How to make your 1-minute count
What makes you look up (from your bacon and eggs or plate of curry) and really listen to someone doing their one-minute round at a networking event?
Be honest… are you someone that bores people or do you educate, amuse or inspire your audience into taking action?
Here are some tips on how to create memorable one minute presentations. Don’t fall into the trap of being on auto-repeat at every networking event.
You should always plan the content of your minute and change it every time – particularly for groups that you attend very regularly. The more prepared you are, the more you can relax and concentrate on listening to others. That’s a vital step in making networking work!
ONE: Be memorable and grab attention
- Try asking a question to get attention and engage with people
- Try an unusual start and description of what you do… here are a couple of examples I have seen quoted before: “I’m a time lord. I help people get more from their working day” and “I help people get dressed. I’m an image consultant.”
- Always succinctly describe what you offer – make it benefit-led
- Always say your name and company name at the start or immediately after your ‘unusual start’
TWO: Focus your message
Don’t cover too many different things in each minute. Vary what you say each time by:
- Using a prop that links to what you offer
- Quoting a testimonial and who gave it to you
- Providing a great or shocking statistic
- Relaying a funny and relevant story
- Giving real examples of how you solved a problem, got a great result or averted a disaster for a client in the last week/month
- Being topical (by mentioning a news story) and linking this back to your offering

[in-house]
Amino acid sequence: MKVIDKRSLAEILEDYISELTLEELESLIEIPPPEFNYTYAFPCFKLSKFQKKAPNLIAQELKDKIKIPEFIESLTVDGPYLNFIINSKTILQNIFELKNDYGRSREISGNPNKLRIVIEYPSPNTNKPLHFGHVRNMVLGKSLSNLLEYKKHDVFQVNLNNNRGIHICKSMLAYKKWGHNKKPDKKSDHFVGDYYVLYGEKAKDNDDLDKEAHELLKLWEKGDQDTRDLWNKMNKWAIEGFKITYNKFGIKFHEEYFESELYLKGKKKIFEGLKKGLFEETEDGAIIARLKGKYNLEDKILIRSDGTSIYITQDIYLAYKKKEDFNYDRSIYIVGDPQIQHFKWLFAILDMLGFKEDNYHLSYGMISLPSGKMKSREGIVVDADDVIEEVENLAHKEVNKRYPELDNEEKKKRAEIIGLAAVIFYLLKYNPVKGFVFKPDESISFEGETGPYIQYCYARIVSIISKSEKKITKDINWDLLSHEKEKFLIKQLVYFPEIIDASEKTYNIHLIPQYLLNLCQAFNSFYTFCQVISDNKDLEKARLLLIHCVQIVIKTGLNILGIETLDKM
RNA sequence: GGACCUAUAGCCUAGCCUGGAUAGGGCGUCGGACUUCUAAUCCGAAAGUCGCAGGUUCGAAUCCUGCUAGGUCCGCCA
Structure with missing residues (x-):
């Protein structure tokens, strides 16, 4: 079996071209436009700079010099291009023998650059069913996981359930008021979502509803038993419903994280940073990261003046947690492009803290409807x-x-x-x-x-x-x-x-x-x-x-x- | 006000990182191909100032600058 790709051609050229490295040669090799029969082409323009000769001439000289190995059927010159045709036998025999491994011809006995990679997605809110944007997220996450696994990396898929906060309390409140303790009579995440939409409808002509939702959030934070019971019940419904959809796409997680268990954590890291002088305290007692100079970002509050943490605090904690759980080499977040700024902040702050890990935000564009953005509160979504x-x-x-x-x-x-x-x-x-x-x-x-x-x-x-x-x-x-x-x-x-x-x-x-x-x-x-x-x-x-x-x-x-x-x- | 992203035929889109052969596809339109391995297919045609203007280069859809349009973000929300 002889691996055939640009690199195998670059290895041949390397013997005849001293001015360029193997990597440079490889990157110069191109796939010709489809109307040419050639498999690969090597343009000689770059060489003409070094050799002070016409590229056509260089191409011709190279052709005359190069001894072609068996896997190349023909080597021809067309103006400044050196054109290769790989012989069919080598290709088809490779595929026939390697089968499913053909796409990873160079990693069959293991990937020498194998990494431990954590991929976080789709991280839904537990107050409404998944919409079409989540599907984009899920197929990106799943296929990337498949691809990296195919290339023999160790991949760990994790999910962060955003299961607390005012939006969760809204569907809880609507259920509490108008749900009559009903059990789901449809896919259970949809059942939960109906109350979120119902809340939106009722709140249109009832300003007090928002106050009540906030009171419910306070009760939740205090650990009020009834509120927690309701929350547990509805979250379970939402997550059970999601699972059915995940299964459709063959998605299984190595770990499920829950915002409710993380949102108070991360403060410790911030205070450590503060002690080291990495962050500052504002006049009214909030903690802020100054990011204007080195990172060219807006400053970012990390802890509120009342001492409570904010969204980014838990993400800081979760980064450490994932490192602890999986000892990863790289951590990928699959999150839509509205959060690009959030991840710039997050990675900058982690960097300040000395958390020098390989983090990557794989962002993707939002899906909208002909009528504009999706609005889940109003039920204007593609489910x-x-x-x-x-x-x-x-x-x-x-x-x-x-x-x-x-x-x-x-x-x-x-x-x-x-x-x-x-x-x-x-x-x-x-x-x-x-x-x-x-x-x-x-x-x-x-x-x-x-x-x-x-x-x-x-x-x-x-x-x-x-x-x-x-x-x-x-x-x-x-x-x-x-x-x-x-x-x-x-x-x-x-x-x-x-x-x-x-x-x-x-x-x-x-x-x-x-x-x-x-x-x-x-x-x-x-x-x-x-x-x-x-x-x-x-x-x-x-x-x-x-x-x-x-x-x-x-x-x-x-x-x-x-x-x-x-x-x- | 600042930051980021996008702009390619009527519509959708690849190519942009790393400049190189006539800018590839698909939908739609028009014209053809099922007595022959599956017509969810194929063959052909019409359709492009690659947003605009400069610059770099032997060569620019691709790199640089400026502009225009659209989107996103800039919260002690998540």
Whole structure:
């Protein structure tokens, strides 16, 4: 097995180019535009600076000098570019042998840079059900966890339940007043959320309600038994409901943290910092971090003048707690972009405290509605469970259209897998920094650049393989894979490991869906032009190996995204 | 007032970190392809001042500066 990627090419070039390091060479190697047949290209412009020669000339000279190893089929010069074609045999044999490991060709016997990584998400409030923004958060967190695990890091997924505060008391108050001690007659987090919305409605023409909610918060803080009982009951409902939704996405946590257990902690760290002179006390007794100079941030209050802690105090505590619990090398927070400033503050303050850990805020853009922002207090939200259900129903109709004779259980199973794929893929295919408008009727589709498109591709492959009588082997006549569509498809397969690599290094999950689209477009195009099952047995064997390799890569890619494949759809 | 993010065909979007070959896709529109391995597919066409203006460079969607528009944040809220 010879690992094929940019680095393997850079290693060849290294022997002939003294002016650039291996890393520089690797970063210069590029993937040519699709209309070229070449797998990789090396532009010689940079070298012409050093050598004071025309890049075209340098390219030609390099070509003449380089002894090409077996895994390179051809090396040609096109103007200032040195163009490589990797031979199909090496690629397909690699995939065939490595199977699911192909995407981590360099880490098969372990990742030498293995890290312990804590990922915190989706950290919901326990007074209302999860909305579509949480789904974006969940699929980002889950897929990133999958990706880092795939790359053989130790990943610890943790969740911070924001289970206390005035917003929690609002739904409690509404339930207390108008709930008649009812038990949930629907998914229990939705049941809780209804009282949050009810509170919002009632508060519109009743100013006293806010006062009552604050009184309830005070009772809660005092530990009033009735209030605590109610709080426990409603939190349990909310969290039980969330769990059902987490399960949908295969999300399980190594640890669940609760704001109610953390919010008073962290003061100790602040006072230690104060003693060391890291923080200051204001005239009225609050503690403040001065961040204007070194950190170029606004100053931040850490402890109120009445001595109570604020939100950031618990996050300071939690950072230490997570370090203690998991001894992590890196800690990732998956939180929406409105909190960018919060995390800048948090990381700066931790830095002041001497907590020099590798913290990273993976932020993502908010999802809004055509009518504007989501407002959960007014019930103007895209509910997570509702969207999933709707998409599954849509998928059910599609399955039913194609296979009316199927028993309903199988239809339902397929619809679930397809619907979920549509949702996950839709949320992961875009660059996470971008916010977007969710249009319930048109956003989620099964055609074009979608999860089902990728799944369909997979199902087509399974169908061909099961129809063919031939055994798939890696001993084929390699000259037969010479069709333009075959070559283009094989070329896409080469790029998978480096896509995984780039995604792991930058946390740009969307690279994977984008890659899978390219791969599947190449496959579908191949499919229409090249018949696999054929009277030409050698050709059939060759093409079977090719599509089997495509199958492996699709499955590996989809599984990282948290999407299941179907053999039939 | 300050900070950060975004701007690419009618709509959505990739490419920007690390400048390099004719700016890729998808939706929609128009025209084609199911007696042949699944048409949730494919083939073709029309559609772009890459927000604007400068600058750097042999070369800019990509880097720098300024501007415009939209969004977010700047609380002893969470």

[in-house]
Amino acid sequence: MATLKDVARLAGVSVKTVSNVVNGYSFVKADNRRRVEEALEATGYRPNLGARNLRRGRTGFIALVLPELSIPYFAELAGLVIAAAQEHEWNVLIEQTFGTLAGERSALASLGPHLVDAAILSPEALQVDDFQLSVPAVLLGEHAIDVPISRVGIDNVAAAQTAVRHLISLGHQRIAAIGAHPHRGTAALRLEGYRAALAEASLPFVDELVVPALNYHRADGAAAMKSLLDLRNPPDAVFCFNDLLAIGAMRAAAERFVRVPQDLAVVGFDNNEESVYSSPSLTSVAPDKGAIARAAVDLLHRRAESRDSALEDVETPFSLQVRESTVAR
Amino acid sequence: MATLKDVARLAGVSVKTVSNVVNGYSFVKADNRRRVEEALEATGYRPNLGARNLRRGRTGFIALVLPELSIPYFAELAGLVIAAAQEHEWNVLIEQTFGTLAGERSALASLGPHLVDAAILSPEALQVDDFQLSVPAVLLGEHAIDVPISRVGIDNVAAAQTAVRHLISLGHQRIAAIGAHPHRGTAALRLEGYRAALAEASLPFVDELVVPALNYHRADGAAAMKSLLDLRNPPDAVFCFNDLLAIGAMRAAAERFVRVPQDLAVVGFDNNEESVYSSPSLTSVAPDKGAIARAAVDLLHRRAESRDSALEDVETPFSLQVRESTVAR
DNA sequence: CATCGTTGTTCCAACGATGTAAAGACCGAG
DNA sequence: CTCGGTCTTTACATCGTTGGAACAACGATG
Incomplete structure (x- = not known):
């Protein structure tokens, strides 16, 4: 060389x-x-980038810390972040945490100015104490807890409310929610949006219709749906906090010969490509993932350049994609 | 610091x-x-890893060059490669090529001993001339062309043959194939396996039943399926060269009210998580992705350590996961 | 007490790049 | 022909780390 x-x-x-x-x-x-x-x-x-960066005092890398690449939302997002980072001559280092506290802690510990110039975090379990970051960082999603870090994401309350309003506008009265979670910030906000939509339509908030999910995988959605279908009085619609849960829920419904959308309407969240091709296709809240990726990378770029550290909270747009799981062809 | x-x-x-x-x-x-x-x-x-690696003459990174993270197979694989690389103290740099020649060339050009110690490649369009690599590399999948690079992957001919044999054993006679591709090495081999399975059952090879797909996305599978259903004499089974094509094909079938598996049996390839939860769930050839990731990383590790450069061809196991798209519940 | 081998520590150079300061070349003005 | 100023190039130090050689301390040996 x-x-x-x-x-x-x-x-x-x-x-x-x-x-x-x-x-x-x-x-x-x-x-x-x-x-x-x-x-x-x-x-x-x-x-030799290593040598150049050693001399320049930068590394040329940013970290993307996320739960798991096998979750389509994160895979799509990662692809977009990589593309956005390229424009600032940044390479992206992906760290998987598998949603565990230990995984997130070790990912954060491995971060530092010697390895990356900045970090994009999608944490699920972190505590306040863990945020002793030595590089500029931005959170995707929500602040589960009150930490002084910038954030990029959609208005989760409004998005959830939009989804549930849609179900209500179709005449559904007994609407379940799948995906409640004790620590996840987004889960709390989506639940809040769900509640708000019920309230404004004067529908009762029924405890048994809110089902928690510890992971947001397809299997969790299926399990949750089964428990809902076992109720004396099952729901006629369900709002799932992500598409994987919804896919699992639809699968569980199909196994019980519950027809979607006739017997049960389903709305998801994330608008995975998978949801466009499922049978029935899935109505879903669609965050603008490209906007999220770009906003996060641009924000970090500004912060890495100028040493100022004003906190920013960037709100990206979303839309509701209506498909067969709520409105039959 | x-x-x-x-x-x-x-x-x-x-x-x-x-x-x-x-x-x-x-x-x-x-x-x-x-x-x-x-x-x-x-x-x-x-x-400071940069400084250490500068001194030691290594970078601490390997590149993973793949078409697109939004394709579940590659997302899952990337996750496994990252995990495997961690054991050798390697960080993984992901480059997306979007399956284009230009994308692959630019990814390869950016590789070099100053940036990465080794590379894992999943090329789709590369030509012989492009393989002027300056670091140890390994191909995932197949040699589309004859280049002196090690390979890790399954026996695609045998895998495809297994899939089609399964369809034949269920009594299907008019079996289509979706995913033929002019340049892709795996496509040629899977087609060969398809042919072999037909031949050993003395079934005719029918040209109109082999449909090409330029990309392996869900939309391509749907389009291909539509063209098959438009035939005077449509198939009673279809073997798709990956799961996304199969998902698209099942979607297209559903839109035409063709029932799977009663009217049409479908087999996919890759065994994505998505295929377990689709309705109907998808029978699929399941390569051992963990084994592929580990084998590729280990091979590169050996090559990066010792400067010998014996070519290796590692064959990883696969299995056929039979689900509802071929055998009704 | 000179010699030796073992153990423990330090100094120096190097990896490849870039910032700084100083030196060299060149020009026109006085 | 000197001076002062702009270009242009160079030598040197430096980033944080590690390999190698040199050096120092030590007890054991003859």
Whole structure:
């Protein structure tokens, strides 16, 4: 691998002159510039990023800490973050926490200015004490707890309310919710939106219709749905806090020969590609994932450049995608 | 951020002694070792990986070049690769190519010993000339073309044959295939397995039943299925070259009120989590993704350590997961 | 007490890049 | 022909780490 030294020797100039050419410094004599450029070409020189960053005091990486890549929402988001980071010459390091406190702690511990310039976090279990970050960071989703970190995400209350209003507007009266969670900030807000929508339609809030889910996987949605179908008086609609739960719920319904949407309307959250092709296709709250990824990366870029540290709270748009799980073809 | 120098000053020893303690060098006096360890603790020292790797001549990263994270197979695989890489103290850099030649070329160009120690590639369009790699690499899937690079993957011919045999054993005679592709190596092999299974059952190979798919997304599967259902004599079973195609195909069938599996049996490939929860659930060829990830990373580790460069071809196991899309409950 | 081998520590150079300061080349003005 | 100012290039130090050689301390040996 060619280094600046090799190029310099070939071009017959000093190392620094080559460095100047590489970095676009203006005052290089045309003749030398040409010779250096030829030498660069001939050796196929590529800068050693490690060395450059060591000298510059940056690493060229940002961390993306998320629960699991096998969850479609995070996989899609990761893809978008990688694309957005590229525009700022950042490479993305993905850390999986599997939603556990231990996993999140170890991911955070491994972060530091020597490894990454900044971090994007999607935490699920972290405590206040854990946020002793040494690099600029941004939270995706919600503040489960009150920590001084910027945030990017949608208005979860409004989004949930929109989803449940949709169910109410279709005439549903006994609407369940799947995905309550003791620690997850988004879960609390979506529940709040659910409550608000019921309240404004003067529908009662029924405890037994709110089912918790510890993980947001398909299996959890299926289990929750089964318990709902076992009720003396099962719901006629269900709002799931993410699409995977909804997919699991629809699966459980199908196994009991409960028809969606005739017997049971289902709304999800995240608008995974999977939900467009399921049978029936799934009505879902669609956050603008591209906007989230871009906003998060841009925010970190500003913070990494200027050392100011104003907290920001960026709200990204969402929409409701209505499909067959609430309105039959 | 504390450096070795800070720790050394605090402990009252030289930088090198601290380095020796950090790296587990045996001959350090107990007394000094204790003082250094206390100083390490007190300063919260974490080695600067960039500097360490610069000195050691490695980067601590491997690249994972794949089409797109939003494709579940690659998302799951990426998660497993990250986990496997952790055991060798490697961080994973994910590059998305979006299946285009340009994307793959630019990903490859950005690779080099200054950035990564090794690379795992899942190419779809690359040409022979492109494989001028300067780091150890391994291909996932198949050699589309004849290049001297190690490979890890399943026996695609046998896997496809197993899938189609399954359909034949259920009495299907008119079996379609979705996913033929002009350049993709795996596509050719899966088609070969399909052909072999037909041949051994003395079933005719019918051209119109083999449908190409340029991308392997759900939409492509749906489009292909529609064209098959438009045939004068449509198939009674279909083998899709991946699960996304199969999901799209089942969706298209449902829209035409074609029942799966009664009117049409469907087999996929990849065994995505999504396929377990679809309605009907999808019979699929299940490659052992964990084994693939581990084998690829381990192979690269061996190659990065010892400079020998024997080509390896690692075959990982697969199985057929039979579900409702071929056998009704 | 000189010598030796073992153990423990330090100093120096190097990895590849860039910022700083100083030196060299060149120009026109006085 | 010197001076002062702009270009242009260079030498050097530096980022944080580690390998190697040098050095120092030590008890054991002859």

- Give advice on how to solve a common issue or provide the answer to a question you are often asked
- Give tips on how to do something
THREE: YOU and YOUR not me, me, me
Remember to talk to your audience using ‘you’ and ‘your’ language. That’s phrases such as ‘Are you looking for…’ or ‘Is your business suffering with….’
Don’t just talk about you (we do this, I do that…). Talk about issues the listener may be looking to solve.
Don’t waste your minute saying things like ‘We have been established since 1981 and have 5 warehouses in Sussex. Our lead time for producing widgets is 14 days….’ Yawn. So what? Is that the most important thing for me to know right now?
This tip applies to all the copy on your website and literature too!
FOUR: Include a call to action such as:
- Requesting an introduction to a particular company (this is very successful for many people)
- Details of an offer and how to take it up
- How/where to buy/view a new product
- Asking people to note down a date and give details of how to book onto your event
- Connecting on LinkedIn or Liking your Facebook page
FIVE: Deliver it well
You may be nervous and hate presenting, but networking works for many businesses. Practise, Practise, Practise. It will get better!
Look up, smile, look around, and make eye contact. Speak clearly and loud enough to be heard. Don’t speak too fast. Have your script on cards or paper if you need it. Look presentable and feel comfortable.
Finish with your name, company name and catchphrase or strapline if you have one.
What’s the best networking 1 minute introduction or full pitch that you’ve ever heard?
I’d love to hear – please email firstname.lastname@example.org.